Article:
See Tanzania’s incredible flora and fauna on Foot. Walking in the African Bush with Masaai Warriors as your guides. Spectacular game viewing is combined with hikes around Lake Eyasi and the Ol Moti Crater where you experience cultural encounters amongst the Masaai, Datoga tribe, and nomadic Bushmen.

The walking safari in Ngorongoro Conservation area is becoming very popular. Normally it is preceded with a short safari in 4 x 4 safari Land Rover or Land Cruiser. Many people when they get to East Africa understandably want to see as much as possible and arrive here with killer agendas ahead of them. I would advise restraint with this temptation, which is to do too much in a short time. Safari fatigue can set in all too quickly with visitors reaching the halfway point in a safari and just longing for it all to end.

We would recommend some time spent at Lake Manyara, as you are able to get out onto the lake in a two-man canoe and see the game from this unusual perspective in this usual park. Also bicycles and village walking ‘cultural’ safaris are on offer. Take every chance you can to spend some time out of your safari vehicle. Stretch the legs and see Africa from as many perspectives as you can. There is much to experience and it cannot all be done from sitting on your bottom.

Remember the most enjoyable experiences are not achieved quickly.

The walking safari starts on the cool forested rim of Ngorongoro crater and ends in the dry heat and on the arid shores of Lake Natron – where temperature often exceed 40 c [105 f]. This soda lake is famous for the large numbers of flamingo’s that come here to breed. Indeed the flamingo seems to be the only animal that flourishes in this harsh environment.

The highland walking safaris cover a rage of altitudes [The range rises steeply from the surrounding plains at about 1500 meters to heights of between 2500 and 3500 meters.] it is advisable to wear many layers of clothing, as the temperatures will vary greatly. These safaris are quite energetic and a good level of fitness is required. The Crater Highlands range is roughly oval, measuring about 80 km by 40 km.

The Highlands are volcanic in origin, with the different peaks being created over millions of years by a series of eruptions connected with the formation of the Great Rift Valley. The older volcanoes have been eroded and most have collapsed to form the craters.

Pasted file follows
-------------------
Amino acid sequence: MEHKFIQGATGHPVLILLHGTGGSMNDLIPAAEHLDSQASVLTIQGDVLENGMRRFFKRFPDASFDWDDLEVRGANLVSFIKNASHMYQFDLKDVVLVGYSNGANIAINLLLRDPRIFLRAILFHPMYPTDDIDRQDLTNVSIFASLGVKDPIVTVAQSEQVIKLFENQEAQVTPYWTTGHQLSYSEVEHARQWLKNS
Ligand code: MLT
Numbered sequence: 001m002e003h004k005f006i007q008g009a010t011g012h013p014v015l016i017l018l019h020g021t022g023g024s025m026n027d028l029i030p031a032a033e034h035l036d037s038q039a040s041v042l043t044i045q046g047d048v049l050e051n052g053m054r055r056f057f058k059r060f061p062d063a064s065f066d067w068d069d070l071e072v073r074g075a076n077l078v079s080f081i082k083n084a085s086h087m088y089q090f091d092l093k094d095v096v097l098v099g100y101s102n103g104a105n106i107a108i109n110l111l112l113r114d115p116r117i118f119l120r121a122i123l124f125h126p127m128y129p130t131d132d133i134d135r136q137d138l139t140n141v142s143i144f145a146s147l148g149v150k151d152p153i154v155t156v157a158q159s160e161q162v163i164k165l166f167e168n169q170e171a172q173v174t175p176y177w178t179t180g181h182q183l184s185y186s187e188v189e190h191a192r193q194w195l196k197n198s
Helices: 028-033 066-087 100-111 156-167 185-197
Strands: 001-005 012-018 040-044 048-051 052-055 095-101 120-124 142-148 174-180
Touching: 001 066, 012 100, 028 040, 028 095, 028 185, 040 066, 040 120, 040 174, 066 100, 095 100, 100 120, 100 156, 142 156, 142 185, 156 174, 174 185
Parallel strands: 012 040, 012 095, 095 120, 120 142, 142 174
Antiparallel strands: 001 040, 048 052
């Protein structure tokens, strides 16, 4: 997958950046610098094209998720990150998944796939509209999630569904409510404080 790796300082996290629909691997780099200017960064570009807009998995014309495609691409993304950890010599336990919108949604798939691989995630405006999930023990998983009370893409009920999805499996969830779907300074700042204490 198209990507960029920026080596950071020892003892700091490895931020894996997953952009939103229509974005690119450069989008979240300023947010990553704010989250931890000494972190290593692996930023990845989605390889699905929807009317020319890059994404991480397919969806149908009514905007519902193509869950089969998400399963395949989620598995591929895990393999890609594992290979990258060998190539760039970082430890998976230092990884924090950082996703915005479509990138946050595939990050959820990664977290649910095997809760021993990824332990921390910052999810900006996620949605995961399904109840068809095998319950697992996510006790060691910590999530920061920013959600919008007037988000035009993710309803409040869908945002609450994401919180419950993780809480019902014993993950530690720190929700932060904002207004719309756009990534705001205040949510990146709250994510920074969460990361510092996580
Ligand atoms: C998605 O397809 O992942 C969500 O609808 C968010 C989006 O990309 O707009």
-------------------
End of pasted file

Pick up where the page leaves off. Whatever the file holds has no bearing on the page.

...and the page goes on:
Empakaai crater is 600 meters in diameter and 300 meters deep. With much of the base of the crater covered by a deep [80 meter] soda lake. Here there are many birds, antelope, buffalo and blue monkeys, with the thickly forested walls plunging to the crater floor. If you want to climb into the crater and explore, you will be required to be accompanied by an armed guide. The crater is heavily grazed by buffalo – the buffalo are notoriously anti-social and very aggressive. To catch the best Rift Valley views, it is a must to be there at dawn or dusk as the cloud cover can be heavy at other times. The familiar water birds to be spotted here include the black-winged stilt, cape teal and flamingo.

Ol Moti Crater, this can only be reached by foot and an armed ranger must accompany you. The scenery of Ol Moti is beautiful, with islands of forest and a waterfall at the source of the Munge River. Monkeys and buffalo are seen in the area.

The active volcano Ol Donyo Lengai at 2,878m is a popular way to end the walking safari. This volcano erupts every seven years. Here an early morning start essential. The climb is steep on powdery scree; therefore climbing the steep slopes on this very loose footing is neither easy nor enjoyable. The early morning start is to avoid the heat of the sun, as there is no shade on the mountain and together with the heat and lack of water makes this early start, in the pre dawn darkness, essential. This climb would only be recommended for the physically fit and if you have an interest in volcanoes, otherwise relax at the bottom and enjoy a well-earned rest and a cool drink.

Now it is time for a Serengeti Safari; climb back into your safari vehicle and spot the animals in comfort.

About the Author:

All profits from go into the Patmos Community Initiative, which is a Non-Governmental Organization in Northern Tanzania – no. 11778. We are currently building a nursery school in Sokon One – Arusha. We offer and encourage voluntary positions vacations to our charitable projects. Swahili Language courses are availa


Written by: Ian Williamson